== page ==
Suffer it to be said that Halloran was doing better with Mrs Blythe than many an Irishman would have. After all, he knew what a large word like concubinage meant, although he claimed to have never practised it; and Mrs Blythe somehow expected, when she used the word, that Halloran would understand it. Although he comes from a tiny place along Wexford Bay, he studied for two years, until he was nineteen, in the Bishop's house in Wexford itself. It was planned that he would be going to the Sulpicians in Paris to be trained and priested. However, he was, there in Mrs Blythe's sitting-room, as he is here in the forest, a corporal of Marines in a different world. Nonetheless, he could remember that in Wexford he read some moral treatises that advocated marriage as a remedy for lust and a cure for the sin of Onan; and he thought, that Sunday when Mrs Blythe quoted scripture, that, in common with such moralists, she wouldn't have recognized love on a fine day, with the sun on its face.
'It is not a matter of burning, Mrs Blythe. We can't marry except before a priest.'
'A papist priest?'
'And in the meantime, you expose my Ann to temptation. I find your attitude difficult to understand.'
'Mrs Blythe, you know of a district of the soul called the conscience. If Ann married against her conscience, she'd despair. Then, certainly, she'd be open to temptation.'
Mrs Blythe screwed her rigorous nose. Pain was at her again. Her eyes closed delicately. Halloran remembered a time in Wexford, when he himself had been drowning in guilt, and the stairways and the dark corners of rooms had stunk of hell, how a poisoning in his jaw had given him a marvellous repose. He understood Mrs Blythe's indecency as now she groaned for Brother Pain, who had the knack of flushing out of the veins any sense of immensities, of the terrible height of God and the depth of hell; who left you enjoying the uprightness of your chair, the splotch of sun on the floor, the astringent sweatiness of your face, all for their own delicious sakes.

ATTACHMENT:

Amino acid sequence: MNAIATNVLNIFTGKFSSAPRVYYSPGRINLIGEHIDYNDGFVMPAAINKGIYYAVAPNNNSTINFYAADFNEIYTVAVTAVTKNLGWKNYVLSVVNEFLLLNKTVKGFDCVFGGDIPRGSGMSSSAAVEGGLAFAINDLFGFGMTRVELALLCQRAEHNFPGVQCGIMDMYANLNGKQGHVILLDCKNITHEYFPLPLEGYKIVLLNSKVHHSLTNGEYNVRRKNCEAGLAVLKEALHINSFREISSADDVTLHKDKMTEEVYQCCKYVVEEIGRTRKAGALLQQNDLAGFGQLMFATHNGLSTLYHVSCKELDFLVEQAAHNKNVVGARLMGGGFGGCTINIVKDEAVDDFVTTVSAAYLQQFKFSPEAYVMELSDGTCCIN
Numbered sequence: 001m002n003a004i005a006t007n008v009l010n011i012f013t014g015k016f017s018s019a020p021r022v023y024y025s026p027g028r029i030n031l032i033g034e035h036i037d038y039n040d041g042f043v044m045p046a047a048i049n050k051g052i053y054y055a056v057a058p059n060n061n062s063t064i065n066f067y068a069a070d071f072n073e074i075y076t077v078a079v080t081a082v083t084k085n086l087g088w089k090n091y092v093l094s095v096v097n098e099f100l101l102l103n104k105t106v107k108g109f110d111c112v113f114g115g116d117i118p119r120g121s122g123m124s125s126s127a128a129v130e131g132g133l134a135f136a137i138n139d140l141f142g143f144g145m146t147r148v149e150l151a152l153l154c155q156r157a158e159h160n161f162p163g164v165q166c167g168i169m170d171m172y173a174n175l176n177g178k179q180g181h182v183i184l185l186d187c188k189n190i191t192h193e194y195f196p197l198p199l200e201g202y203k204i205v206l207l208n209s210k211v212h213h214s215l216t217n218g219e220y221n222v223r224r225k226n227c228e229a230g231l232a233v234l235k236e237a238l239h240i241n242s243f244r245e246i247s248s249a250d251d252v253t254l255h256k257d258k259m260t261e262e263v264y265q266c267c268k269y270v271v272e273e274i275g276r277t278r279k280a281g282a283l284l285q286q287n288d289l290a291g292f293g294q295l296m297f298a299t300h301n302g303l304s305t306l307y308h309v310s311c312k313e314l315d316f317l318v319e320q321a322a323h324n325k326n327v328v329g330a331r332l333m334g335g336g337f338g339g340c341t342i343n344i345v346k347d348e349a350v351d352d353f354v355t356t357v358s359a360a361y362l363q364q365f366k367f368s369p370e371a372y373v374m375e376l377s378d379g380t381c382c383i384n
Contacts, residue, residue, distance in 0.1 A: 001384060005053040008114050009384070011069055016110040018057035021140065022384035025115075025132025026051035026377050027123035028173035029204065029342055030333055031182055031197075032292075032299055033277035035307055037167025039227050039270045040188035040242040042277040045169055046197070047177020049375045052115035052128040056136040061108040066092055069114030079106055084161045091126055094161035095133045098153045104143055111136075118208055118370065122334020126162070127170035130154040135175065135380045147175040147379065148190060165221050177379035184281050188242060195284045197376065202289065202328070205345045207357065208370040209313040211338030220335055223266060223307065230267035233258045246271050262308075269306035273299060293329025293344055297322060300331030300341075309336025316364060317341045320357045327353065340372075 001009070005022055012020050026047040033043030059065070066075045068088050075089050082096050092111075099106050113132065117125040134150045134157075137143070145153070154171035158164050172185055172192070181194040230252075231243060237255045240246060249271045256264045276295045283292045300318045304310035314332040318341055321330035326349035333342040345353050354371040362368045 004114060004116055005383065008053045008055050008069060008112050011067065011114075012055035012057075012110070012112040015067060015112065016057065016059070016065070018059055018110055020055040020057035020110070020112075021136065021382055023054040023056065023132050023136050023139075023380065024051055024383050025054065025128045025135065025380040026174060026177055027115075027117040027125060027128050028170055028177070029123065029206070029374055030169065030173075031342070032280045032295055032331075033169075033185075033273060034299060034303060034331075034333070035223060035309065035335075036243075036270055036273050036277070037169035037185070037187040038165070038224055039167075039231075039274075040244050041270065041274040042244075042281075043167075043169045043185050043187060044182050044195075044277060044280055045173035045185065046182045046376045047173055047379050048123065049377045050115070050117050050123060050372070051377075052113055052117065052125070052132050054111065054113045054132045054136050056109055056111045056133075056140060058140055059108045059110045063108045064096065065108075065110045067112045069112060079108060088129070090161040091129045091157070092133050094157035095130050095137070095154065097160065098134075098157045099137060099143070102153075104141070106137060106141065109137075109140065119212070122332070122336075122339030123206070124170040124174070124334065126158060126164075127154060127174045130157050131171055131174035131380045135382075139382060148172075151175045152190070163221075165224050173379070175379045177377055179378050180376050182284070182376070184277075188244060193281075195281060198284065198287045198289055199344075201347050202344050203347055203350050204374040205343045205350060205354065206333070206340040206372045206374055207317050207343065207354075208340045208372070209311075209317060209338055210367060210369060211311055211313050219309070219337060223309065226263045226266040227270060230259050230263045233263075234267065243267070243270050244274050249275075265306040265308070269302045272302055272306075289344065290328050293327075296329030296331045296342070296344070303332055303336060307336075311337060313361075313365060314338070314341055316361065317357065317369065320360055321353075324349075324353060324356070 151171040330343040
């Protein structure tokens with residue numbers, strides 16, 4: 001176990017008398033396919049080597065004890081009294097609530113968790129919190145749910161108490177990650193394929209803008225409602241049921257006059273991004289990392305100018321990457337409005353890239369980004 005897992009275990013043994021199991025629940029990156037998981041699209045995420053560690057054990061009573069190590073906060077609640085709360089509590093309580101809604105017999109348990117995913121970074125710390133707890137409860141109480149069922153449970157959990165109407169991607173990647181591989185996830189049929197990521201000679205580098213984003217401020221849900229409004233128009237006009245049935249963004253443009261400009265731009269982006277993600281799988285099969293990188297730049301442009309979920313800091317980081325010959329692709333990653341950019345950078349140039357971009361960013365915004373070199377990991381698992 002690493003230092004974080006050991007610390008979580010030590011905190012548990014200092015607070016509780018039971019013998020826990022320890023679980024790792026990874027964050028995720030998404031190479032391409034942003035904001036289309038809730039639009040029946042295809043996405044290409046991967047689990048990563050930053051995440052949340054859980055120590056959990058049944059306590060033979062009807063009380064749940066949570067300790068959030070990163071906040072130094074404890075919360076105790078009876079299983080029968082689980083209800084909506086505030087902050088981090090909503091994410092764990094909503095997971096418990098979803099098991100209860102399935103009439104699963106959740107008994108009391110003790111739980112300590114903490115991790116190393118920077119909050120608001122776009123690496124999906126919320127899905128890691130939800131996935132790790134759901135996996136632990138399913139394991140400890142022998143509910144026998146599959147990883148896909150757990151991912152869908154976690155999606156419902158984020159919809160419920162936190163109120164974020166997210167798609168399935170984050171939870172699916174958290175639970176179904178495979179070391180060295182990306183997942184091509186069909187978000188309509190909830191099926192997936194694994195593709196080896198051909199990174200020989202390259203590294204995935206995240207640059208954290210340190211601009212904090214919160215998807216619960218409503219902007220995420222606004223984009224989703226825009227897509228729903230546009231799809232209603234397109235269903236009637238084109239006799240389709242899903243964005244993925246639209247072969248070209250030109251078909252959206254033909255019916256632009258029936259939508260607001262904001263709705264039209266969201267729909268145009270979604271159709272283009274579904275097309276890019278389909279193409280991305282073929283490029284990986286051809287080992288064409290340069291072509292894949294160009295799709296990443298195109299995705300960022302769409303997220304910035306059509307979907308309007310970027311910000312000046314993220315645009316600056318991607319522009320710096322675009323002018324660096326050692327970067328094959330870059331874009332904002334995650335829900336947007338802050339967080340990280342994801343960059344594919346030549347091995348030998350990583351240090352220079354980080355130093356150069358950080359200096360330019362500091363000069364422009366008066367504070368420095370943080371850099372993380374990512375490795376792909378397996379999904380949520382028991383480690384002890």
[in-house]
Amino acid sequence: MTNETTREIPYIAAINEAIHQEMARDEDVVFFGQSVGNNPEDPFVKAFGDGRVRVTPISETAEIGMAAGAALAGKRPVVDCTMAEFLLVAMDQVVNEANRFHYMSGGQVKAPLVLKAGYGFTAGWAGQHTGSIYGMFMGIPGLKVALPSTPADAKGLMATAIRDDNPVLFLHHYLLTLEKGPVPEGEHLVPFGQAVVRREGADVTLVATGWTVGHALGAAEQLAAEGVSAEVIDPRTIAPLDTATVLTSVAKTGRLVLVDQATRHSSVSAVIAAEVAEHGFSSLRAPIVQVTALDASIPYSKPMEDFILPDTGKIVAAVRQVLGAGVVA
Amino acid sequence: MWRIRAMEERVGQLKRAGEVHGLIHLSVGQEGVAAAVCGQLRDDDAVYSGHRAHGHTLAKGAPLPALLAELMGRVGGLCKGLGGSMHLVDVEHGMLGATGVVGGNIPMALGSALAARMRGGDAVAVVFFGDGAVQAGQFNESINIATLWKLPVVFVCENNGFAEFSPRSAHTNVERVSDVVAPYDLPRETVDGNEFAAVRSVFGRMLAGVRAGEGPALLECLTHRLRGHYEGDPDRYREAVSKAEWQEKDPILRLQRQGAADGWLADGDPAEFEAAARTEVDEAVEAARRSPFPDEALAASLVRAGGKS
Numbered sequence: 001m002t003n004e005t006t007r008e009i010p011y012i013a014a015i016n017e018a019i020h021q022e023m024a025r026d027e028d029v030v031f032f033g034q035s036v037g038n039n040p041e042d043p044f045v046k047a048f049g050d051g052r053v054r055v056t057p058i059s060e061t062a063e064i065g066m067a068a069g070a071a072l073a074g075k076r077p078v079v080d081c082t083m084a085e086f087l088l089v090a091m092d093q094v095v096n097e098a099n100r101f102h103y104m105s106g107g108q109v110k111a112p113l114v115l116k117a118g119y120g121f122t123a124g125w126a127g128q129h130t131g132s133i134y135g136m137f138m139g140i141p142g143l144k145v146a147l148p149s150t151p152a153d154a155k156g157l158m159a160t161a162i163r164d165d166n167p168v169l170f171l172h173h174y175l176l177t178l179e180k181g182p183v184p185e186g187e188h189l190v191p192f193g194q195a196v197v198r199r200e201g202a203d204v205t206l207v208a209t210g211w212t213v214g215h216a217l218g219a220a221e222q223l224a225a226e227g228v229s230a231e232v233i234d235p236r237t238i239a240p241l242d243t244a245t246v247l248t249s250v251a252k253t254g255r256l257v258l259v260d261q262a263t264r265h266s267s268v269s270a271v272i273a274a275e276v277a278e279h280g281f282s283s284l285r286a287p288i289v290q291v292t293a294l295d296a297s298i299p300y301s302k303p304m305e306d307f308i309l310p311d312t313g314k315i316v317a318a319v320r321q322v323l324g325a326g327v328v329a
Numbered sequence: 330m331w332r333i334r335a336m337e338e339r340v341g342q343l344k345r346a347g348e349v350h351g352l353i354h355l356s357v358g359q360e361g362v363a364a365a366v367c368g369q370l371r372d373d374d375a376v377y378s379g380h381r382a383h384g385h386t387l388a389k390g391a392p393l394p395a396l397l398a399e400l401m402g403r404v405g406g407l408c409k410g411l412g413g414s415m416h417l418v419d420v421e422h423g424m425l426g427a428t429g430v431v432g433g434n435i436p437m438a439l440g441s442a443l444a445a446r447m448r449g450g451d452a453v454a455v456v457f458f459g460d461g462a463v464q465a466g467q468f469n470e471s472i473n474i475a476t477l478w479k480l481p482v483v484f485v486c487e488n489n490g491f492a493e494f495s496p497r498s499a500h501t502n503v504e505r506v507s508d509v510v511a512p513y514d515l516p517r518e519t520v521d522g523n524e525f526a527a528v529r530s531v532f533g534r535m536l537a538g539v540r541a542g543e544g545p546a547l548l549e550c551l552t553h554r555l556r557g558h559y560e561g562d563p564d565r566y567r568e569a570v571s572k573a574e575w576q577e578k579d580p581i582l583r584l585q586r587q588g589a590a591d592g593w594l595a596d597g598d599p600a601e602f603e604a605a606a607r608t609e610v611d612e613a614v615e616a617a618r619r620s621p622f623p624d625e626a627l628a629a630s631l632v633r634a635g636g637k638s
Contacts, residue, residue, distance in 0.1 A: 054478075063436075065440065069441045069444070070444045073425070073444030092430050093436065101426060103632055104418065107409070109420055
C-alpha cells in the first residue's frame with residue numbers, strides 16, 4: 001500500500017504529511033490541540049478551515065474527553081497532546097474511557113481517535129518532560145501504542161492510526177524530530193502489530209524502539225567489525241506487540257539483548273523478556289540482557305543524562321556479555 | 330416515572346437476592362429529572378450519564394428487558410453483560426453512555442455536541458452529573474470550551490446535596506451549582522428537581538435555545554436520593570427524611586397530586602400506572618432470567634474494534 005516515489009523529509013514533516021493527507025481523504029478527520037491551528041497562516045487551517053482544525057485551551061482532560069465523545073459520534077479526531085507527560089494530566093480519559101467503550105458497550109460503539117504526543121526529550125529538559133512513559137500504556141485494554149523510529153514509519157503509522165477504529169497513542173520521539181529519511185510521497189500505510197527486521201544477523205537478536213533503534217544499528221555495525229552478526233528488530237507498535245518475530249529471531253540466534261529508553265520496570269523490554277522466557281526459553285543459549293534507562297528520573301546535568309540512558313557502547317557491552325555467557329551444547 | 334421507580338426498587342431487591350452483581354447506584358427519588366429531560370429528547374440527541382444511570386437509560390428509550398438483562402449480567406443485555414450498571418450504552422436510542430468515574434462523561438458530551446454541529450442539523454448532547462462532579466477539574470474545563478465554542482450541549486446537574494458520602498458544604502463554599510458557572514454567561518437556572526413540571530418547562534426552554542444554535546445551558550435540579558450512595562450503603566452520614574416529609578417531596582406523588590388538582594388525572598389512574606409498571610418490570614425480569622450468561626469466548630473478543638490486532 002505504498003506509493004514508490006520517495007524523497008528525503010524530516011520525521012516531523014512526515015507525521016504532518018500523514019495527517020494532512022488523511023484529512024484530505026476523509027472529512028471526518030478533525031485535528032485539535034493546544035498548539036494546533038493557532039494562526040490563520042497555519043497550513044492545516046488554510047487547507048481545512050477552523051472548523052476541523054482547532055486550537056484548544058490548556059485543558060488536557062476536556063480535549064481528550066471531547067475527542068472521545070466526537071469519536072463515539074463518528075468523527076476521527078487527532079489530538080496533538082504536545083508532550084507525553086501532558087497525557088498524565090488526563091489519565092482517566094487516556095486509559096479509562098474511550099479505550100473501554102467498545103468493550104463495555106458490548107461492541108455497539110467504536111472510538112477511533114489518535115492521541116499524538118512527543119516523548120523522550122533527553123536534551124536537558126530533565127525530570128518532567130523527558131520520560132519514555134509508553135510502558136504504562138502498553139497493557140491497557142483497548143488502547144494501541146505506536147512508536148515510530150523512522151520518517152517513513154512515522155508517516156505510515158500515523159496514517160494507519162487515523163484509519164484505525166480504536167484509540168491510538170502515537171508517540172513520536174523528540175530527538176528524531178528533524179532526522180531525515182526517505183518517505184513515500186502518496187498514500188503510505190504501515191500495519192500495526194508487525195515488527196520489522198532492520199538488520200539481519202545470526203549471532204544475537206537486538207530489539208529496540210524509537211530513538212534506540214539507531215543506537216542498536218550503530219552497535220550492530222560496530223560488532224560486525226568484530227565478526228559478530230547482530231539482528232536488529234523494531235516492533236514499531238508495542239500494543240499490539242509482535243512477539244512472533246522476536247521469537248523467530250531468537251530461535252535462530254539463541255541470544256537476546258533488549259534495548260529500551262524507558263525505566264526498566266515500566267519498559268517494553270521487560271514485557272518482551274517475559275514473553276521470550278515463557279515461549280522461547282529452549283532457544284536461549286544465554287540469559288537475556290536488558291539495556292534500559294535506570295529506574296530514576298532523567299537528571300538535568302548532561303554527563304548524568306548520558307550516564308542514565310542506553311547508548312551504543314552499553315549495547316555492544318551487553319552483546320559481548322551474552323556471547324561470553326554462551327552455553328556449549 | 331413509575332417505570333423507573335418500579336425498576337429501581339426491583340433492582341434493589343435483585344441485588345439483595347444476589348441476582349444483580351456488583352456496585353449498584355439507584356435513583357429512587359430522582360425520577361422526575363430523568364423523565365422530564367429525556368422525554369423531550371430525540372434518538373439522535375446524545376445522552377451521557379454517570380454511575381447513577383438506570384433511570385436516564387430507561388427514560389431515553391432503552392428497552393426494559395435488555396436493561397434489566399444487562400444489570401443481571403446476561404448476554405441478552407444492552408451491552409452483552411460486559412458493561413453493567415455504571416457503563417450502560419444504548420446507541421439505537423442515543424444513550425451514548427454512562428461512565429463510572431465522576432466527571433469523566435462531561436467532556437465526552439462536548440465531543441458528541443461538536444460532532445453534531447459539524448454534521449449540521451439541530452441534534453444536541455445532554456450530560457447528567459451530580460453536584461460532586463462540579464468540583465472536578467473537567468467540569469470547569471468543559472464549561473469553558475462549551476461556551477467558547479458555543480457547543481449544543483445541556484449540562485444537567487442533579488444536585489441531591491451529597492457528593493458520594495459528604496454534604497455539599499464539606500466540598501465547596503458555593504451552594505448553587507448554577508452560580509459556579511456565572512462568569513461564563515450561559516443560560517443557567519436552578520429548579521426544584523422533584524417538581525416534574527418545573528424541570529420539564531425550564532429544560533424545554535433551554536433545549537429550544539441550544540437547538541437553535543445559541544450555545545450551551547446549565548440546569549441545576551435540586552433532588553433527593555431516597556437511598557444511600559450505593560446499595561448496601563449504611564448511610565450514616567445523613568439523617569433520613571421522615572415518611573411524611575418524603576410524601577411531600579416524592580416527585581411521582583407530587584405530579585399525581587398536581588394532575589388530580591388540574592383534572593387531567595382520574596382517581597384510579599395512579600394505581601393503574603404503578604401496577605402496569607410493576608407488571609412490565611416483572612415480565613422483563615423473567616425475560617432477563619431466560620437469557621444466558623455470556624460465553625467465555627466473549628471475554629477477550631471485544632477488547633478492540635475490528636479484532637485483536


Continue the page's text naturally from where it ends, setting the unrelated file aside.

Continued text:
With her mouth partly open and shut eyes, Mrs Blythe enjoyed these things for perhaps fifteen seconds. Then she came back to Halloran; her face wide open for business again, nasty as a hock-shop.
'When I spoke of temptations,' she said, 'I was not referring mainly to temptation from inside Ann herself. I was speaking of temptation from the outside. I was speaking of you, Corporal.'
From the Blythes' garden, doves were mumbling warnings to him. He wondered whether the woman was merely plagued with conscience on Ann's behalf. It was a deadly thing to be conscience-stricken for the sake of others. You needed a leg ulcer for respite. Or was she malicious? He would have to take Ann's advice and be assiduously humble.